Angry MP Barry Sheerman has blasted Huddersfield health officials for removing millions of pounds of income from hospitals.
As reported, hospital watchdog Monitor has launched in investigation after the Trust failed to make enough savings to deliver its planned £3m surplus, instead predicting a £4m overspend for 2014/15.
The Trust has already lost millions after contracts for wheelchair services and termination of pregnancy services were outsourced to private firms and charities by Greater Huddersfield Clinical Commissioning Group (GHCCG).
Now documents to the Trust’s board reveal hospital bosses have identified a further £12m of services that are at risk of being offered to other health providers.
Mr Sheerman accused GHCCG chiefs of “having no sense of responsibility” for ensuring the future viability of the hospital.
His comments come after Monitor called for a “greater pace” of change for the hospital’s restructure plan, which was delayed by GHCCG last July.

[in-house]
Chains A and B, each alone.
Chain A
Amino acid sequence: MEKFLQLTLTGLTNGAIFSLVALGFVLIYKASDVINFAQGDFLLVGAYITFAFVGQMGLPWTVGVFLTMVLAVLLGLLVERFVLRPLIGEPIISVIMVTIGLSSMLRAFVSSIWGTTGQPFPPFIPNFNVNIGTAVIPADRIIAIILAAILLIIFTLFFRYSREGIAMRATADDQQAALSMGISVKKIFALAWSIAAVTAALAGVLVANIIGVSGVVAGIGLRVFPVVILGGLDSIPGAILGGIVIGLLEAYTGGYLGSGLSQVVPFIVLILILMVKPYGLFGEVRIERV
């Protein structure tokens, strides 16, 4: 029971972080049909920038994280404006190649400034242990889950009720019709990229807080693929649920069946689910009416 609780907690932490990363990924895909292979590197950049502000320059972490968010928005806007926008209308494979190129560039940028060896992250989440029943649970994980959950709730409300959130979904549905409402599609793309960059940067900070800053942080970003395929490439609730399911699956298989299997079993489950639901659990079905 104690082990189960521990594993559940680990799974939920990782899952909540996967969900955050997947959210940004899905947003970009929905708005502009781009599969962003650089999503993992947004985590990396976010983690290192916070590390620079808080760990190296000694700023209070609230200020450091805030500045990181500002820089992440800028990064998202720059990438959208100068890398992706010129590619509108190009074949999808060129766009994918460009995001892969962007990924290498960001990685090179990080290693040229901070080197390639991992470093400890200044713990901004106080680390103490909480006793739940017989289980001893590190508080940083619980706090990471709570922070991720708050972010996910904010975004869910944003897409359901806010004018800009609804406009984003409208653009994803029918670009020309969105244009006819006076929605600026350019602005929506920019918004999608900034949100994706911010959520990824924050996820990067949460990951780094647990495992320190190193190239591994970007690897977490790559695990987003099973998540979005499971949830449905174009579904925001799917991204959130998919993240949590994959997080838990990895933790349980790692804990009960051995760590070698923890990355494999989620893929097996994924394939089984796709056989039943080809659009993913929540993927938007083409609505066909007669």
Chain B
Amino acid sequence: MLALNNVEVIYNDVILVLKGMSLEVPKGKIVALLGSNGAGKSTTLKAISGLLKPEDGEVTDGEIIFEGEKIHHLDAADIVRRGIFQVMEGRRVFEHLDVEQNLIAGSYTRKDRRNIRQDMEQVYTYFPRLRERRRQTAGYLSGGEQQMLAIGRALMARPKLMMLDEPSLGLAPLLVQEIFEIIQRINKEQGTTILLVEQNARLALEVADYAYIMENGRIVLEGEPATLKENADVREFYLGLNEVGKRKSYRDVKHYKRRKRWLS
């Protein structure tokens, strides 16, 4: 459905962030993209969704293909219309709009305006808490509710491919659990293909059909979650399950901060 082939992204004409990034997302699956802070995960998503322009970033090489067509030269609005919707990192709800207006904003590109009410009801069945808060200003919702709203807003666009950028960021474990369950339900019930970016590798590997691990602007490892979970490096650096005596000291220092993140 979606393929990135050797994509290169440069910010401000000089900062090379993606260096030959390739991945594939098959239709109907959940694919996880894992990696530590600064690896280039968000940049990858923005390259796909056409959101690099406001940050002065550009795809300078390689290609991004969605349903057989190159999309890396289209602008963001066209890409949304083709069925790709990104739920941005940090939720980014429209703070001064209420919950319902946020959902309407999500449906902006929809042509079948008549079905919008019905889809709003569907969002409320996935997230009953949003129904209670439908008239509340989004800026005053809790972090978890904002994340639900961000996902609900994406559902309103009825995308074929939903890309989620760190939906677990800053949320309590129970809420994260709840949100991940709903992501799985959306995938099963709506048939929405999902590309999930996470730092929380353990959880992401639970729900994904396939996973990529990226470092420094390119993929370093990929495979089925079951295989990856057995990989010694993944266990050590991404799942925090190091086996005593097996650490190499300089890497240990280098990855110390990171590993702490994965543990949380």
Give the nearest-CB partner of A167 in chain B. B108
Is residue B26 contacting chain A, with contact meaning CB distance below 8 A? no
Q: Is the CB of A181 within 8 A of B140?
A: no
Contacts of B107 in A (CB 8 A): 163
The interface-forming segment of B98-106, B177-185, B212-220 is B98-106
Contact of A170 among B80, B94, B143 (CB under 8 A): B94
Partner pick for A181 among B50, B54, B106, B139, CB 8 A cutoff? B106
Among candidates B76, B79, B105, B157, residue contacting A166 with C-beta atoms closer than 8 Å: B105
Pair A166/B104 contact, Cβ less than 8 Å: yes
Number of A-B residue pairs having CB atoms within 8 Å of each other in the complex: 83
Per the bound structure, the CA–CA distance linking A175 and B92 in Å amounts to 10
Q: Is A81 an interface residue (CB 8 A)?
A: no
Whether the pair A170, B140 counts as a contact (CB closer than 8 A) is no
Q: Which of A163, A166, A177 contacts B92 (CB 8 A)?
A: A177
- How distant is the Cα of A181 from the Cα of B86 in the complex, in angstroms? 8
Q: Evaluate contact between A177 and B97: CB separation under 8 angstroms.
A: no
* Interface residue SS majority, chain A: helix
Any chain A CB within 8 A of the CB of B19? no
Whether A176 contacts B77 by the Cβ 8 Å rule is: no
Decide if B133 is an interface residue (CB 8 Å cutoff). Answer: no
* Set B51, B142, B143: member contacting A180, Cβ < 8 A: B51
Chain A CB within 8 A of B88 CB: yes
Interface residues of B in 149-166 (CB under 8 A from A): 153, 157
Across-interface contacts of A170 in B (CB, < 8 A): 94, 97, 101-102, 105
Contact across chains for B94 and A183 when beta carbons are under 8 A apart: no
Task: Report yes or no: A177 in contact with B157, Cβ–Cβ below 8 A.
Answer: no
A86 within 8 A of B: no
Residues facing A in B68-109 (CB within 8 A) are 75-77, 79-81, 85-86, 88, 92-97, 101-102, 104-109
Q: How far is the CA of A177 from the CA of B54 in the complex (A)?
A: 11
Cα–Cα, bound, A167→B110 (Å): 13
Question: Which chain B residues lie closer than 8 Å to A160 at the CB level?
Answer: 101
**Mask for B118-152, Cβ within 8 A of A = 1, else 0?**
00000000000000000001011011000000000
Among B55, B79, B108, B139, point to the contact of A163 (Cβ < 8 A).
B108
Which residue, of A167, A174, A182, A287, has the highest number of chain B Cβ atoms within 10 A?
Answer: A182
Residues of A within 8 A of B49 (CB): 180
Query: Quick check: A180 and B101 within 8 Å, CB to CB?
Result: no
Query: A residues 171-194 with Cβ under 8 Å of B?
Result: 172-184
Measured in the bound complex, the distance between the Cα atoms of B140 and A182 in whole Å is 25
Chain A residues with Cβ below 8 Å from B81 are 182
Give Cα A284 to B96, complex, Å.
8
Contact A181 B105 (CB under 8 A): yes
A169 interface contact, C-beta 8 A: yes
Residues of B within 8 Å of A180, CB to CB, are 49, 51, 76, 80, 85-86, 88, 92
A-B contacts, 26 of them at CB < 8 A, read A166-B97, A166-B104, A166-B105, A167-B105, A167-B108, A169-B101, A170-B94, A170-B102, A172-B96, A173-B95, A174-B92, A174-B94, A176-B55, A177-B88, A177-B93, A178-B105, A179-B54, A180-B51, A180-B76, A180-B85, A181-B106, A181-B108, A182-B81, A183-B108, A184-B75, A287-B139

“It’s all very well outsourcing and thinking you’re doing a wonderful job,” he said. “But it takes a substantial income away from the Trust.
“There’s something wrong with CCG procedures, it’s not working in the best interests of the hospital.
“I’m not happy – people in our town want the CCG and the health trust to work in partnership. At the moment it’s not working and people like me have got to tell them in very strong words.
“If we keep on outsourcing it will destroy the fundamental foundations of our Trust.”
Other hospital services put out to competitive tender by GHCCG and neighbouring North Kirklees CCG include anti-coagulation services in Huddersfield; school nursing services in Calderdale; and a range of Kirklees wide community services including, specialist nursing, podiatry, dietetics, community rehabilitation and dermatology.
The hospital trust has admitted fears that even if it bids for and wins any tenders for services it already runs, the value of the contracts are shrinking amid pressure on Kirklees and Calderdale CCGs’ budgets.
A document for hospital chiefs also reveals concern that the loss of community-based services “creates risk to the Trust’s reputation and credibility”.
Chief executive of GHCCG, Carol McKenna, declined to comment on Mr Sheerman’s accusations.
But responding to the delay in the hospital shake-up consultation and the Monitor probe into the hospital trust, she said: “While financial factors will be one element of any decisions we make in future, they are only one element, and our primary focus is that any changes made should be for the benefit of patients.
“People told us during the engagement work that more needed to be done on community services before making changes to hospital – that is what we are doing.”